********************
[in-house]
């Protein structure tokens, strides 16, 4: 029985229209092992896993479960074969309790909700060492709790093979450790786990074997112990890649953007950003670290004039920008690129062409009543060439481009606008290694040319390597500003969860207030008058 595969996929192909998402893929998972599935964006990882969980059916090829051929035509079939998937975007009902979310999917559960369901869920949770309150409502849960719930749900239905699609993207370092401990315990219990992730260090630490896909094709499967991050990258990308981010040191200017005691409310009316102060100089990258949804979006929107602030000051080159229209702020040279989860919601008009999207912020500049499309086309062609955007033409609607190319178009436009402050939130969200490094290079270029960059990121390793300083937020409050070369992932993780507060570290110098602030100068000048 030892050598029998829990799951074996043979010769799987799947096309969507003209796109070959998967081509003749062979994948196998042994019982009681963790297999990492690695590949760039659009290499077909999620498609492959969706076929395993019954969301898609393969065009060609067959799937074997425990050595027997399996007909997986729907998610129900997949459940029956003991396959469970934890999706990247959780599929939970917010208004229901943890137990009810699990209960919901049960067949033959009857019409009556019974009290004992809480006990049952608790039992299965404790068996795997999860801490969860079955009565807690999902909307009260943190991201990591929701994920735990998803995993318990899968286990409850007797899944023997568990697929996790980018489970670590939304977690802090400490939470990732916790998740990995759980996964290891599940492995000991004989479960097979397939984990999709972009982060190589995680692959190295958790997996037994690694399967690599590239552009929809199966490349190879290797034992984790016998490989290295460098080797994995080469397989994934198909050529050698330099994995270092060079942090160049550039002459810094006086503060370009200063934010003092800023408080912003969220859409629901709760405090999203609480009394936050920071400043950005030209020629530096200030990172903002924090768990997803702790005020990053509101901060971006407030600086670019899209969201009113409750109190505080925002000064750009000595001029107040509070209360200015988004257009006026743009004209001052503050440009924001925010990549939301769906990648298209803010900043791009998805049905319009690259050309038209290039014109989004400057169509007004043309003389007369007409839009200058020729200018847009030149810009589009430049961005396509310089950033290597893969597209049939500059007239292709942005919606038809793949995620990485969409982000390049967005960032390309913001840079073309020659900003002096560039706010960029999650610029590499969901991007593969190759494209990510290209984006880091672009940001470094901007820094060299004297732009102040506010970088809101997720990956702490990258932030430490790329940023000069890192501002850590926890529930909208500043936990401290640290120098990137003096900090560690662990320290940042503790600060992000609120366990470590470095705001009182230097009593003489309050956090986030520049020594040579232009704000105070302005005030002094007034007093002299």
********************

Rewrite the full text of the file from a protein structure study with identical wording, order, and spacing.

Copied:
[in-house]
């Protein structure tokens, strides 16, 4: 029985229209092992896993479960074969309790909700060492709790093979450790786990074997112990890649953007950003670290004039920008690129062409009543060439481009606008290694040319390597500003969860207030008058 595969996929192909998402893929998972599935964006990882969980059916090829051929035509079939998937975007009902979310999917559960369901869920949770309150409502849960719930749900239905699609993207370092401990315990219990992730260090630490896909094709499967991050990258990308981010040191200017005691409310009316102060100089990258949804979006929107602030000051080159229209702020040279989860919601008009999207912020500049499309086309062609955007033409609607190319178009436009402050939130969200490094290079270029960059990121390793300083937020409050070369992932993780507060570290110098602030100068000048 030892050598029998829990799951074996043979010769799987799947096309969507003209796109070959998967081509003749062979994948196998042994019982009681963790297999990492690695590949760039659009290499077909999620498609492959969706076929395993019954969301898609393969065009060609067959799937074997425990050595027997399996007909997986729907998610129900997949459940029956003991396959469970934890999706990247959780599929939970917010208004229901943890137990009810699990209960919901049960067949033959009857019409009556019974009290004992809480006990049952608790039992299965404790068996795997999860801490969860079955009565807690999902909307009260943190991201990591929701994920735990998803995993318990899968286990409850007797899944023997568990697929996790980018489970670590939304977690802090400490939470990732916790998740990995759980996964290891599940492995000991004989479960097979397939984990999709972009982060190589995680692959190295958790997996037994690694399967690599590239552009929809199966490349190879290797034992984790016998490989290295460098080797994995080469397989994934198909050529050698330099994995270092060079942090160049550039002459810094006086503060370009200063934010003092800023408080912003969220859409629901709760405090999203609480009394936050920071400043950005030209020629530096200030990172903002924090768990997803702790005020990053509101901060971006407030600086670019899209969201009113409750109190505080925002000064750009000595001029107040509070209360200015988004257009006026743009004209001052503050440009924001925010990549939301769906990648298209803010900043791009998805049905319009690259050309038209290039014109989004400057169509007004043309003389007369007409839009200058020729200018847009030149810009589009430049961005396509310089950033290597893969597209049939500059007239292709942005919606038809793949995620990485969409982000390049967005960032390309913001840079073309020659900003002096560039706010960029999650610029590499969901991007593969190759494209990510290209984006880091672009940001470094901007820094060299004297732009102040506010970088809101997720990956702490990258932030430490790329940023000069890192501002850590926890529930909208500043936990401290640290120098990137003096900090560690662990320290940042503790600060992000609120366990470590470095705001009182230097009593003489309050956090986030520049020594040579232009704000105070302005005030002094007034007093002299």